Former US Army staffer pleads guilty to defrauding Gold Star families

By Thomson Reuters Apr 16, 2024 | 12:35 PM

By Jonathan Stempel

(Reuters) – A former U.S. Army financial counselor pleaded guilty on Tuesday to defrauding grieving military families out of life insurance payments, in a scheme whose alleged victims included widows and a 13-year-old girl whose father had died.

Caz Craffy, 41, of Colts Neck, New Jersey, could face about eight to 10 years in prison after pleading guilty to all 10 charges he faced, including wire fraud, securities fraud and making false statements.

“Those who target and steal from the families of fallen American servicemembers will be held accountable for their crimes,” Attorney General Merrick Garland said in a statement.

Prosecutors said Craffy, also known as Carz Craffey, from May 2018 to November 2022 manipulated members of at least two dozen Gold Star families into transferring $9.9 million of survivor benefits into private brokerage accounts he controlled.

Craffy then allegedly made more than 1,000 unauthorized trades, generating over $3.4 million of losses and more than $1.4 million of commissions for himself.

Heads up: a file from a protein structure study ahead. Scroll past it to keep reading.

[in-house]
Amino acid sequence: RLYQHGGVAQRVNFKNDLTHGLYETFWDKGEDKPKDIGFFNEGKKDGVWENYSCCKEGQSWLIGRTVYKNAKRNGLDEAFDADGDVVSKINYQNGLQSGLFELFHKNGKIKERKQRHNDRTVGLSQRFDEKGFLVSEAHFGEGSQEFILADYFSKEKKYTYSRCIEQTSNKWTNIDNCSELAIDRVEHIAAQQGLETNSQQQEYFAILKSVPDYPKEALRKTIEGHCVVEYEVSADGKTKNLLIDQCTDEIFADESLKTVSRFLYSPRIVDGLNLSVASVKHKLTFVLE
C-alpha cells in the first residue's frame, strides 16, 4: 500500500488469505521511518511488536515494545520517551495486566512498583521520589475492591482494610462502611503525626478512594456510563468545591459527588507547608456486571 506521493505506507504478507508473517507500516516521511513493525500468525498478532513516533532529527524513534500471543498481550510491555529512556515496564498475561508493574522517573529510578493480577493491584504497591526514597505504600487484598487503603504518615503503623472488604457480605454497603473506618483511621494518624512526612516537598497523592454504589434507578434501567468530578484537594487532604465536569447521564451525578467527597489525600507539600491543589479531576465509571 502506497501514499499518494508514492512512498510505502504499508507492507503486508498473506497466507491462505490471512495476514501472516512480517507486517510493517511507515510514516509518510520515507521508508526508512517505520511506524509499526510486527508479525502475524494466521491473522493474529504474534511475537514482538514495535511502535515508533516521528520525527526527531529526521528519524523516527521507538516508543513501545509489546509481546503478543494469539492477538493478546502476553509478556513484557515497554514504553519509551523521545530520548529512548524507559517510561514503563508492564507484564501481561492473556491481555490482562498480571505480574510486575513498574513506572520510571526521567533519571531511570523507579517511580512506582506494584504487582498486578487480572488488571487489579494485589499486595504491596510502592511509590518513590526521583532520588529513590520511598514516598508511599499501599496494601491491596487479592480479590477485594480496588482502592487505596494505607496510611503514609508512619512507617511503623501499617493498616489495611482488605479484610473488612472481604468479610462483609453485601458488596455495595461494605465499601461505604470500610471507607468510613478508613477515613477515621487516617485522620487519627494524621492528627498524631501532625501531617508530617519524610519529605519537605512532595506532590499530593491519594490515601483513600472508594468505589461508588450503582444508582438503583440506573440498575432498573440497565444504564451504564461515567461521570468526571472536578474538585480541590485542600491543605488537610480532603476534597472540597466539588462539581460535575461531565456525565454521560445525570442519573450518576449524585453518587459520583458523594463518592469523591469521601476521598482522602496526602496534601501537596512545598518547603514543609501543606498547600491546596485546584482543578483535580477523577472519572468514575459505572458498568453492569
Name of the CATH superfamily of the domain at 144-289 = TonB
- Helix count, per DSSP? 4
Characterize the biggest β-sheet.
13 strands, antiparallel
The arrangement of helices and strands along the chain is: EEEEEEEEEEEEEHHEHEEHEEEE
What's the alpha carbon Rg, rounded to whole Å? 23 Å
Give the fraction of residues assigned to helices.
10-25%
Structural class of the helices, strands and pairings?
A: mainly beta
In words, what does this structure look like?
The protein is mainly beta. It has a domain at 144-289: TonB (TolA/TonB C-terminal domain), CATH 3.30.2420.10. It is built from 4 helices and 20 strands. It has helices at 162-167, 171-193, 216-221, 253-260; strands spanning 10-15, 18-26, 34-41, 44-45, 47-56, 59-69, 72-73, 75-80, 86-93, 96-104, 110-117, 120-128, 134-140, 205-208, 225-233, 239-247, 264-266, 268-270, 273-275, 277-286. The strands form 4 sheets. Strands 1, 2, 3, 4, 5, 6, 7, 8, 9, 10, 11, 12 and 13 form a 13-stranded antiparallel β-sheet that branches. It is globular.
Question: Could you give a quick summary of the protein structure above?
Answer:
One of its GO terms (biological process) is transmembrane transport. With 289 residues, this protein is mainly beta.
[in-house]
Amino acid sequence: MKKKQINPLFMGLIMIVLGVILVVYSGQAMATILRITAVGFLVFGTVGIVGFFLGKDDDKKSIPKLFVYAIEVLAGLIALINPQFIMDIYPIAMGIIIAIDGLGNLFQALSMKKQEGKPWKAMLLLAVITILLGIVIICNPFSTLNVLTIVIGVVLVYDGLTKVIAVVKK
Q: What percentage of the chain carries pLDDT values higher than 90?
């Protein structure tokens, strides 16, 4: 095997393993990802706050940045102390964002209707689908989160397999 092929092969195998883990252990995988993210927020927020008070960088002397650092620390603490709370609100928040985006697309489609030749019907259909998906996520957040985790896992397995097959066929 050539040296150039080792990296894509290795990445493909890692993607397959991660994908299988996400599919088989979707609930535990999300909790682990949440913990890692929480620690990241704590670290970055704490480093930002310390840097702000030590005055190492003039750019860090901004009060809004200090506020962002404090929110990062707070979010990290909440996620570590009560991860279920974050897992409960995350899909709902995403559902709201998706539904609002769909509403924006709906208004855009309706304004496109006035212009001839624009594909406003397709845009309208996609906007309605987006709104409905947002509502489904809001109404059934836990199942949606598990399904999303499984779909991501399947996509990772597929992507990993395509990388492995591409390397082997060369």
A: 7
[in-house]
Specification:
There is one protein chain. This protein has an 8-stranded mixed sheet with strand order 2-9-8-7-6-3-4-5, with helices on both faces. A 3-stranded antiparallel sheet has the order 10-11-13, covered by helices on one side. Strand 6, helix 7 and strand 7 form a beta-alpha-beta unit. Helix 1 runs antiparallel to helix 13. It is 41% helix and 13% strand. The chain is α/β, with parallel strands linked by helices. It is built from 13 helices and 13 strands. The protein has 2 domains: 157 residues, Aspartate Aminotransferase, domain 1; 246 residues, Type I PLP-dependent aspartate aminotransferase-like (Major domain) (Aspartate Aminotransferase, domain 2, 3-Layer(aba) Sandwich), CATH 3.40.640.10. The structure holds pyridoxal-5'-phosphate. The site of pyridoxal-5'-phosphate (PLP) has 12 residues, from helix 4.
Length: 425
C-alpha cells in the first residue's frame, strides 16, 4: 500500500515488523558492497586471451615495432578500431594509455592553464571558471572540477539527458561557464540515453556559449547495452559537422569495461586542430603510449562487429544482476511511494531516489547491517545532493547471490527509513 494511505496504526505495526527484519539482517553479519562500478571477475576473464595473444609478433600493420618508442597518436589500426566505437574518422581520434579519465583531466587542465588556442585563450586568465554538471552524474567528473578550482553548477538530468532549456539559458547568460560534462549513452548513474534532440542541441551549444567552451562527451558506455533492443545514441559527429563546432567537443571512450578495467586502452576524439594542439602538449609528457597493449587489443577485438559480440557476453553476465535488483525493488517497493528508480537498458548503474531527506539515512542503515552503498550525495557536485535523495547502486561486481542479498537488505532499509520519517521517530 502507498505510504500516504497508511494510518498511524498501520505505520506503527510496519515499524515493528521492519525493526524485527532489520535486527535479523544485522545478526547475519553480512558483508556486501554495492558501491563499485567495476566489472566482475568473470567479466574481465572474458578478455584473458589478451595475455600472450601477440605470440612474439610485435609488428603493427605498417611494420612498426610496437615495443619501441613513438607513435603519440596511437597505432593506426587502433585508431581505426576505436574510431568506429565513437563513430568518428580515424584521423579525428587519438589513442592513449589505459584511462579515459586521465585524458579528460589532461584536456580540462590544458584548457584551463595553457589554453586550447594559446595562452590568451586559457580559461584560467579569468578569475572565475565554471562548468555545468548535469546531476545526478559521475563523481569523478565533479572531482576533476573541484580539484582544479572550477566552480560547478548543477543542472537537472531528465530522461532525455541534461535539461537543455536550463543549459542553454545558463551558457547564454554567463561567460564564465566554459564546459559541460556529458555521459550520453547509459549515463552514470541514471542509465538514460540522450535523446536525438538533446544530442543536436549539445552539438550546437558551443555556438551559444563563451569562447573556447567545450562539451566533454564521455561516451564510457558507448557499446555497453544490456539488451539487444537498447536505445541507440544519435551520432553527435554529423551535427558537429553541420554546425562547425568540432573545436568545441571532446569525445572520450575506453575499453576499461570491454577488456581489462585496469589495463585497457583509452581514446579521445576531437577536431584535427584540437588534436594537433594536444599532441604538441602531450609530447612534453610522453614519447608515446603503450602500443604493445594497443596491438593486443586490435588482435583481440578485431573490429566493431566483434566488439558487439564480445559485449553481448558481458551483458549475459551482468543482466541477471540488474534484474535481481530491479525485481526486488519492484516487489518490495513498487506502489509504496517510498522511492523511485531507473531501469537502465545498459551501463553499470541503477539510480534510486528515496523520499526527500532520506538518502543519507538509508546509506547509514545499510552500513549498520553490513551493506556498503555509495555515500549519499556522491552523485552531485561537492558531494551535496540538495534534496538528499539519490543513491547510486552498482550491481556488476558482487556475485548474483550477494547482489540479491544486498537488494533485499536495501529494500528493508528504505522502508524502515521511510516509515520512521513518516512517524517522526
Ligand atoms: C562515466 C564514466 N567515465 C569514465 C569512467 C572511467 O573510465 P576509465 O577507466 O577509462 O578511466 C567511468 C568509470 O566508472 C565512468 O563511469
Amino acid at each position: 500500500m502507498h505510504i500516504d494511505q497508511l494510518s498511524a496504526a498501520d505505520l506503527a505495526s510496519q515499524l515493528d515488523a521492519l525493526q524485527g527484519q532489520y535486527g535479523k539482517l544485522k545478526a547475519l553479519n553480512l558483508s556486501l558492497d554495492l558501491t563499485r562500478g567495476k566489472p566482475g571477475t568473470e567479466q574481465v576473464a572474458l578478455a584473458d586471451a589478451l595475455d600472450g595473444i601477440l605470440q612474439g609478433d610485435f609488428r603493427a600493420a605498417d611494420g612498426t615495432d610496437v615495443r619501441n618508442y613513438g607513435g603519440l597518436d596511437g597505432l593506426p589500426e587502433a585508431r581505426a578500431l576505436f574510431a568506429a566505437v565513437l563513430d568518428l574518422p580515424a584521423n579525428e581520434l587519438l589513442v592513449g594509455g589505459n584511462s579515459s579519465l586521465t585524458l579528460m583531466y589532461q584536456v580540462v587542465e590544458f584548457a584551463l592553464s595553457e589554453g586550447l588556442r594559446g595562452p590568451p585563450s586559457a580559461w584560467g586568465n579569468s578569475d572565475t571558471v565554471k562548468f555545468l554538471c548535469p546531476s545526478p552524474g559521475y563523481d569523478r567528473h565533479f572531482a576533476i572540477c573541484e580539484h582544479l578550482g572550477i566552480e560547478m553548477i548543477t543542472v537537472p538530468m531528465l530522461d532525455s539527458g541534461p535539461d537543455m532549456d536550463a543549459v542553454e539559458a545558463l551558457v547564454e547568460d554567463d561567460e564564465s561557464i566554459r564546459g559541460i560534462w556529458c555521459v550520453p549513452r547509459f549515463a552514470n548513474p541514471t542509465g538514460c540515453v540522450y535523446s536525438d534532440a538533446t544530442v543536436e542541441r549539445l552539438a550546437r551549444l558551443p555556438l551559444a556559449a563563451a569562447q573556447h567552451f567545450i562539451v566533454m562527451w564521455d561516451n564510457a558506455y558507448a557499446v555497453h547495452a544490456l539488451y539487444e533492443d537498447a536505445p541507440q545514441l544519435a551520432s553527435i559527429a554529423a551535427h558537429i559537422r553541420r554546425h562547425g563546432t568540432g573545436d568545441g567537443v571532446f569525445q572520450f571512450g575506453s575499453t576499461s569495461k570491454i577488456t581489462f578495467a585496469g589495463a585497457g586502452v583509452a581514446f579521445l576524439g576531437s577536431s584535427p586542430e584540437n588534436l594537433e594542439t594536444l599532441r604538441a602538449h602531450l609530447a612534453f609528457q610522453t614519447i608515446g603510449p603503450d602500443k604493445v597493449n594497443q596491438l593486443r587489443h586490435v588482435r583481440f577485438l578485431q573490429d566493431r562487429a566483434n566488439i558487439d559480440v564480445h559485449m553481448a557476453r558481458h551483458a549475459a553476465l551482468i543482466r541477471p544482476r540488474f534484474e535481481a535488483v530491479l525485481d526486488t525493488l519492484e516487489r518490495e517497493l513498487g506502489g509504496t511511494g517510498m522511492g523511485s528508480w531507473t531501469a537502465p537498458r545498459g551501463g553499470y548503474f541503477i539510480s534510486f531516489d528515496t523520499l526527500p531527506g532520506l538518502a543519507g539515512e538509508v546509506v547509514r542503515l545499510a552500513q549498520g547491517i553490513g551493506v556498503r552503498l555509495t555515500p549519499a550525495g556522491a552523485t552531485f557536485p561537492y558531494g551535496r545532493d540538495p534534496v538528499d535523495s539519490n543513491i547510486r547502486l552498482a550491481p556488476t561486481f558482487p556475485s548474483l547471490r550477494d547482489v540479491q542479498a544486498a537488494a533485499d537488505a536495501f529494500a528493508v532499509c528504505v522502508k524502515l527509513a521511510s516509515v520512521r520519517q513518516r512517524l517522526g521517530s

The defendant was a civilian employee of the Army, but victims believed the Army authorized his conduct.

He has also been a major in the U.S. Army Reserve, and enlisted since 2003.

Gold Star families include people whose immediate family members die in active duty.

Survivors can receive a $100,000 death benefit and the fallen soldier’s life insurance up to $400,000.

According to court papers, Craffy lost 60% of a widow’s $400,000 investment meant to fund her children’s college expenses and care for her mother, and looted $50,000 from the 13-year-old girl’s retirement account.

Mark Berman, a lawyer for Craffy, was not immediately available for comment.

Craffy entered his plea before U.S. District Judge Georgette Castner in Trenton, New Jersey. He is scheduled to be sentenced on Aug. 21.

He could spend 97 months to 121 months in prison under recommended federal guidelines, and agreed not to appeal a sentence up to that range. Craffy also agreed to make full restitution, including proceeds from selling his home.

A spokeswoman for the Army Reserve declined specific comment on Craffy’s case, citing privacy laws, but said it “remains committed to holding personnel accountable for conduct that does not align with Department of Defense and Army policies.”

(Reporting by Jonathan Stempel in New York; Editing by Leslie Adler)